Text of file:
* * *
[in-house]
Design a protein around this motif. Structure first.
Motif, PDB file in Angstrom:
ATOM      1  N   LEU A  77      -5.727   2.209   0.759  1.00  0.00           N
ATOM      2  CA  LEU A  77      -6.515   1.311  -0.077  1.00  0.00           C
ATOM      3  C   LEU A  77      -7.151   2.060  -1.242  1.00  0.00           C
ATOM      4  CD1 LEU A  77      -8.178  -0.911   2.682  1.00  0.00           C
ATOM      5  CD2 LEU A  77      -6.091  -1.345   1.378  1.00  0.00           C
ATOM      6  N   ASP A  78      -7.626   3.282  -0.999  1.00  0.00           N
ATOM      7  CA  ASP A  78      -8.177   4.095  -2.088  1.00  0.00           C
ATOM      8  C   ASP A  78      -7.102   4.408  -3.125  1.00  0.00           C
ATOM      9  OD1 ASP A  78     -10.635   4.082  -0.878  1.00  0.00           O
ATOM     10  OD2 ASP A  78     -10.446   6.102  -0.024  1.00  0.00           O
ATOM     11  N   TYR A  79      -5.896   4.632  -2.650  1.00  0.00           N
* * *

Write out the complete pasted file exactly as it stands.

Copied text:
[in-house]
Design a protein around this motif. Structure first.
Motif, PDB file in Angstrom:
ATOM      1  N   LEU A  77      -5.727   2.209   0.759  1.00  0.00           N
ATOM      2  CA  LEU A  77      -6.515   1.311  -0.077  1.00  0.00           C
ATOM      3  C   LEU A  77      -7.151   2.060  -1.242  1.00  0.00           C
ATOM      4  CD1 LEU A  77      -8.178  -0.911   2.682  1.00  0.00           C
ATOM      5  CD2 LEU A  77      -6.091  -1.345   1.378  1.00  0.00           C
ATOM      6  N   ASP A  78      -7.626   3.282  -0.999  1.00  0.00           N
ATOM      7  CA  ASP A  78      -8.177   4.095  -2.088  1.00  0.00           C
ATOM      8  C   ASP A  78      -7.102   4.408  -3.125  1.00  0.00           C
ATOM      9  OD1 ASP A  78     -10.635   4.082  -0.878  1.00  0.00           O
ATOM     10  OD2 ASP A  78     -10.446   6.102  -0.024  1.00  0.00           O
ATOM     11  N   TYR A  79      -5.896   4.632  -2.650  1.00  0.00           N